Museum items snapped and saved

Carl Street, of Roxburgh, is finding details about objects in the Teviot District Museum. PHOTO:...
Carl Street, of Roxburgh, is finding details about objects in the Teviot District Museum. PHOTO: CARL STREET

Heritage objects from the Teviot District Museum in Roxburgh are being preserved in digital form.

Museum secretary Annette Watts said they had contracted Carl Street, of Roxburgh, to begin creating an online archive.

Mr Street, an award-winning photographer with experience working in information technology, was photographing and cataloguing items from the museum, uploading them to eHive, a worldwide database of heritage items.

A "Beautycord" camera dating from the late 1950s is one of the heritage items at the museum....
A "Beautycord" camera dating from the late 1950s is one of the heritage items at the museum. PHOTO: TEVIOT DISTRICT MUSEUM/ CARL STREET

Being able to give Mr Street a small contract to begin creating an electronic archive was "really quite exciting", Mrs Watts said.

So far about 65 objects had been photographed, but with more than 1000 objects in the museum the project would take some time.

It was likely that "a band of volunteers" would be needed later to help complete the project.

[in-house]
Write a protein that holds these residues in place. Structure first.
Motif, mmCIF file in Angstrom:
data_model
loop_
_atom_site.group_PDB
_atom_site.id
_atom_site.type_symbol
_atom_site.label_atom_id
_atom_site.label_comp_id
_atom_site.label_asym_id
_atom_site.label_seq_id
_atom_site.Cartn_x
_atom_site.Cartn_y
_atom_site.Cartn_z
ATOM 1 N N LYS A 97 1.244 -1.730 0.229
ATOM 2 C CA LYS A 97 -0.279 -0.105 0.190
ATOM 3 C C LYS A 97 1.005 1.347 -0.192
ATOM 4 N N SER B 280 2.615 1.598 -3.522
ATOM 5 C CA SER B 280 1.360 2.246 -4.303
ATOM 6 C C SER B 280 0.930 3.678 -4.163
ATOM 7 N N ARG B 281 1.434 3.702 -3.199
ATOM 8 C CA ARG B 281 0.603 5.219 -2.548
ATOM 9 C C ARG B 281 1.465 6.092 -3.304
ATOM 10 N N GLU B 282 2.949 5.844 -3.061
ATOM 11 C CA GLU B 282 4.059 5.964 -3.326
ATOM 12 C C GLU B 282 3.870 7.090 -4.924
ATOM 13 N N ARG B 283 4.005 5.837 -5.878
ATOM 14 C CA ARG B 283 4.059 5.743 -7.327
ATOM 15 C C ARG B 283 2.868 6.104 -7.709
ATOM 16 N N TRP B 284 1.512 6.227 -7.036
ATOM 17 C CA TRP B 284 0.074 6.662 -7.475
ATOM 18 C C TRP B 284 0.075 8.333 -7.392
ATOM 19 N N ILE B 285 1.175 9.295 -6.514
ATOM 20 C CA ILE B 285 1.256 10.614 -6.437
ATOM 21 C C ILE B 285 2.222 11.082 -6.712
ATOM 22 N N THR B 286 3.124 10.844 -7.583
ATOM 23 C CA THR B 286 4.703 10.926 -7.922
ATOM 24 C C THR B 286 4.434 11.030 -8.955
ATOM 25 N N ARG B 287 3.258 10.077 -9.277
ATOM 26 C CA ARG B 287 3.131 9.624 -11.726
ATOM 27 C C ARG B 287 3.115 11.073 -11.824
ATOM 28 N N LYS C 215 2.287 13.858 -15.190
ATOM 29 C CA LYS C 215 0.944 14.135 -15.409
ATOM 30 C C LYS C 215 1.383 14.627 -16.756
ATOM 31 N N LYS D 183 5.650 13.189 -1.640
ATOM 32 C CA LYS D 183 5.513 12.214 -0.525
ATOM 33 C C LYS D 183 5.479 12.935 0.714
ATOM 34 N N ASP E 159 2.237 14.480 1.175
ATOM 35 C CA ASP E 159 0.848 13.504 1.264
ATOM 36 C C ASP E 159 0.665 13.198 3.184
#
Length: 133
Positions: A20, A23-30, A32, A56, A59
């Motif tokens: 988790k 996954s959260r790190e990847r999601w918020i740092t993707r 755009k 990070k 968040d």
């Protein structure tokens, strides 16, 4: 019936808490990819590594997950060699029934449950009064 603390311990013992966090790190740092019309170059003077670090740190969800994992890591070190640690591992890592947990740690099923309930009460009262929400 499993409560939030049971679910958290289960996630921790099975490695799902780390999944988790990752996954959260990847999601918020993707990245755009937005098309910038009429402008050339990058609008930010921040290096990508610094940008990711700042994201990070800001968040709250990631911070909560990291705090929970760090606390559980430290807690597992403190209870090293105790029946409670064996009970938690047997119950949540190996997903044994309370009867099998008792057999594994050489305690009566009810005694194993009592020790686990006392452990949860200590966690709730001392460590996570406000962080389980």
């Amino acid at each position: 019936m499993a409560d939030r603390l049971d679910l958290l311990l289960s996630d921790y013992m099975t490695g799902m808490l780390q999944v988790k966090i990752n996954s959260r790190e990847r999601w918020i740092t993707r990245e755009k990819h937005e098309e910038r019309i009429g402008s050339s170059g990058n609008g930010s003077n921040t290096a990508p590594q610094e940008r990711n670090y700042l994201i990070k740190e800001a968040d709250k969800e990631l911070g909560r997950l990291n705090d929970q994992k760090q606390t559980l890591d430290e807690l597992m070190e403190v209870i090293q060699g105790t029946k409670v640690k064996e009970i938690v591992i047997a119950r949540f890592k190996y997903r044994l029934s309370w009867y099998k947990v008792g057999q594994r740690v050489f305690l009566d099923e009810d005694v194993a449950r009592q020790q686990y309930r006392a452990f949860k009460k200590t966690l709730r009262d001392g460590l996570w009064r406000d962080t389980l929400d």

"It is a huge job. It won't be done in five minutes, it probably won't be done in five years," she said.

Mr Street took many photographs of the items from all sides, providing a "3-D view", allowing him to have a record of the object from all angles, he said.

This enabled him to conduct detailed research of each object, using clues like manufacturer name or distinguishing features to uncover further information.

A set of 18th century "sugar nips" are just one of the many treasures to be discovered at the...
A set of 18th century "sugar nips" are just one of the many treasures to be discovered at the Teviot District Museum. PHOTO: TEVIOT DISTRICT MUSEUM/ CARLSTREET

One object was a set of 18th-century sugar nips - a large pair of pincers with sharp blades, designed to cut sugar from a block.

"Rather than having caster sugar like we have now, it literally was a lump of sugar and these things were used to snip bits off it for use," Mr Street said.

One of his favourite items from the museum was a "Beautycord" camera dating from the late 1950s by a Japanese manufacturer called Beauty Camera Company.

"I'm quite tempted to get a piece of film and see if it actually still works."

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